I've recently had two questions closed because they are not constructive or subjective. In both cases I was asking for specific information and while perhaps more than one answer would be valid, they would not be subjective in nature.

For question one Something like libgdx for C++ / cross-platform (with mobile) SDK I'm asking about a very specific comparable technology to an existing library. I'm not asking for opinions about which is best, I'm just looking for them. In this case I find such questions valid because there is no straight forward manner by which they can be found via web searching.

The other question Any common mobile device which doesn't support C++ Exceptions is a targeted question about one particular language and devices on which it may not work. Again, it is not an open ended question and it is not subjective. It is also very difficult to obtain this information via general searching.

Both questions have value to people browsing the site (provided they have answers) which would be difficult to locate elsewhere. Neither of them invite open-ended or chatty discussion, nor are they requests for opinions about technology. The answers in both cases are expected to be limited -- if there were an abundance of answers searching would have revealed it.

Does it make sense to close such issues just because they may appear, at a glance, as subjective questions?

  • 6
    Both of those questions are open-ended, "shopping" questions. Commented Aug 15, 2012 at 18:14
  • So is "Which function do I use to create a GL Window on Linux?" also an open-ended "shopping" question? I mean, there are multiple answers. Commented Aug 15, 2012 at 18:20
  • 3
    You're attacking a straw man. "Which function do I use to..." is not a product recommendation. See blog.stackoverflow.com/2010/11/qa-is-hard-lets-go-shopping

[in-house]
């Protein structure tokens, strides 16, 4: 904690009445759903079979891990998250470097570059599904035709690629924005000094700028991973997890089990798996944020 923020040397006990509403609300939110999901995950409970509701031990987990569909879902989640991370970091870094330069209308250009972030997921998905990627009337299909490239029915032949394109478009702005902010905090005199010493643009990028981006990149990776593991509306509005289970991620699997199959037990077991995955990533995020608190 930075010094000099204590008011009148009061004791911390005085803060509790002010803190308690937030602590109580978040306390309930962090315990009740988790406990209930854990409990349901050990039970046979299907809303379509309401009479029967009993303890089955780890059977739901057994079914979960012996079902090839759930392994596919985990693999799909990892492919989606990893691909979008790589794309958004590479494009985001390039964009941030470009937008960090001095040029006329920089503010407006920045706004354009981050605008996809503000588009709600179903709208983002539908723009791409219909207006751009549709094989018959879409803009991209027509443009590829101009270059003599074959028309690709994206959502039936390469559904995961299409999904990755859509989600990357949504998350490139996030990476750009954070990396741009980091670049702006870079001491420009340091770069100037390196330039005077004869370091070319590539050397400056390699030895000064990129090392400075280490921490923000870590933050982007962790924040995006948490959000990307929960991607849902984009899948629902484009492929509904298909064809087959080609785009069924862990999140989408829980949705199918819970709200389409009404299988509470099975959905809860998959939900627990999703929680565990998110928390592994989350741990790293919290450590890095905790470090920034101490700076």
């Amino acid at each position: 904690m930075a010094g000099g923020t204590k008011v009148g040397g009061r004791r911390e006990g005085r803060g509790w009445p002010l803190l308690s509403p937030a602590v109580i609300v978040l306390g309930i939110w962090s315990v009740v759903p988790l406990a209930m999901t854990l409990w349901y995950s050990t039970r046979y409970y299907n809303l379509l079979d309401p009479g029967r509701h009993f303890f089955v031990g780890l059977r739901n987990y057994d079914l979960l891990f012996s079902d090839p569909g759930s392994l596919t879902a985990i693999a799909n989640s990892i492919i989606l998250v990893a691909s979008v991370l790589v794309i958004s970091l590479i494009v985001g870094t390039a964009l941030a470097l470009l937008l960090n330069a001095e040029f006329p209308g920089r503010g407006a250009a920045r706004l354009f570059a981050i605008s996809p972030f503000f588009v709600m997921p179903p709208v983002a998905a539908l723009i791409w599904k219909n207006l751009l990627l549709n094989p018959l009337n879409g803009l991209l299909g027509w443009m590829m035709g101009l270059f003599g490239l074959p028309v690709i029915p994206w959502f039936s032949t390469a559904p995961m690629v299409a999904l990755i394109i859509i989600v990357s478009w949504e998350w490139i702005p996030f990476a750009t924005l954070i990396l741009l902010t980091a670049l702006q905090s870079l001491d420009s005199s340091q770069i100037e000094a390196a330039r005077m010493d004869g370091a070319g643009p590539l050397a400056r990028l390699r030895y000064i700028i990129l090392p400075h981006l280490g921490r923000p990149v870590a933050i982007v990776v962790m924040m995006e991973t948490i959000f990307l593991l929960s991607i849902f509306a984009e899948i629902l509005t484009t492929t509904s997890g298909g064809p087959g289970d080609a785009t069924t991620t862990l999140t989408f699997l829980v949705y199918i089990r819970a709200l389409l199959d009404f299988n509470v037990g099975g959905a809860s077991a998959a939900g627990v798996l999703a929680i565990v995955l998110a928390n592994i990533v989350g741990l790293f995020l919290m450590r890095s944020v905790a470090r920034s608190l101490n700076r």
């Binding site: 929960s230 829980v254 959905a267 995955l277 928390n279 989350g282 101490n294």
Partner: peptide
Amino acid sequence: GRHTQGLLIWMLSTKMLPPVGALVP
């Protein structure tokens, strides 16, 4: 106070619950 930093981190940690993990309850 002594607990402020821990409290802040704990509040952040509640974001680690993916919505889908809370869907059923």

– user102937
    Commented Aug 15, 2012 at 18:21
  • How is "Which function" any different from "Which library"? Inded, the choice of function often dictates the library. And, I need to repeat in neither case was I asking for a recommendation. Commented Aug 15, 2012 at 18:23
  • What @Robert said. But such a question is probably not specific enough. Commented Aug 15, 2012 at 18:23
  • If the questions were indeed "open-ended" one would assume a plentitude of correct answers. In neither question is this the case. Does not the quantity of correct answers determine how "specific" the question was? Commented Aug 15, 2012 at 18:26
  • No. Shopping questions are still not appropriate here, even if you word it so specifically that only a single product is a correct answer. Commented Aug 15, 2012 at 18:31
  • Then tell me how "Which function do I use to..." is not a shopping question? Commented Aug 15, 2012 at 18:32
  • 4
    A function is not a product, as Robert already alluded to. Please read the blog post Robert linked to. Commented Aug 15, 2012 at 18:37
  • Programming language products are intimately defined by the functions they expose. I can't see how you can argue that a choice of function is not implicitly tied to the choice of product. In particular, you are suggesting that for the C++ tag nobody may ever imply you use a Boost function since that would be a product recommendation. Commented Aug 15, 2012 at 18:42
  • The second question isn't so much a shopping question as it is a List of Things question. Not only will no single answer be right, but it is also likely to not stay correct for long. New devices will need to be added, and existing ones removed. SO is simply not designed to keep such questions up to date, which they would need to be in order to be useful.
    – Servy
    Commented Aug 15, 2012 at 18:42
  • 1
    If not being relevant in a few years time is a reason alone to close a question then virtually all programming questions at StackOverflow should be closed. Commented Aug 15, 2012 at 18:44
  • 9
    I'm getting the distinct impression you did not read the blog post linked to. Are you hoping to change our minds on this, or actually trying to understand? Because it's simple, in almost all cases: Don't ask for an enumeration of products. Yes, there are sometimes blurry lines, but your questions were clearly over it. Commented Aug 15, 2012 at 18:45
  • The implication here is that any questin of the form "How can I..." must be closed because it could be answered with a product recommendation or not be valid. Similar could any request for "Best Practices" or "common Practices" also be closed because they are open-ended, and perhaps not relevant in year's time. Commented Aug 15, 2012 at 18:56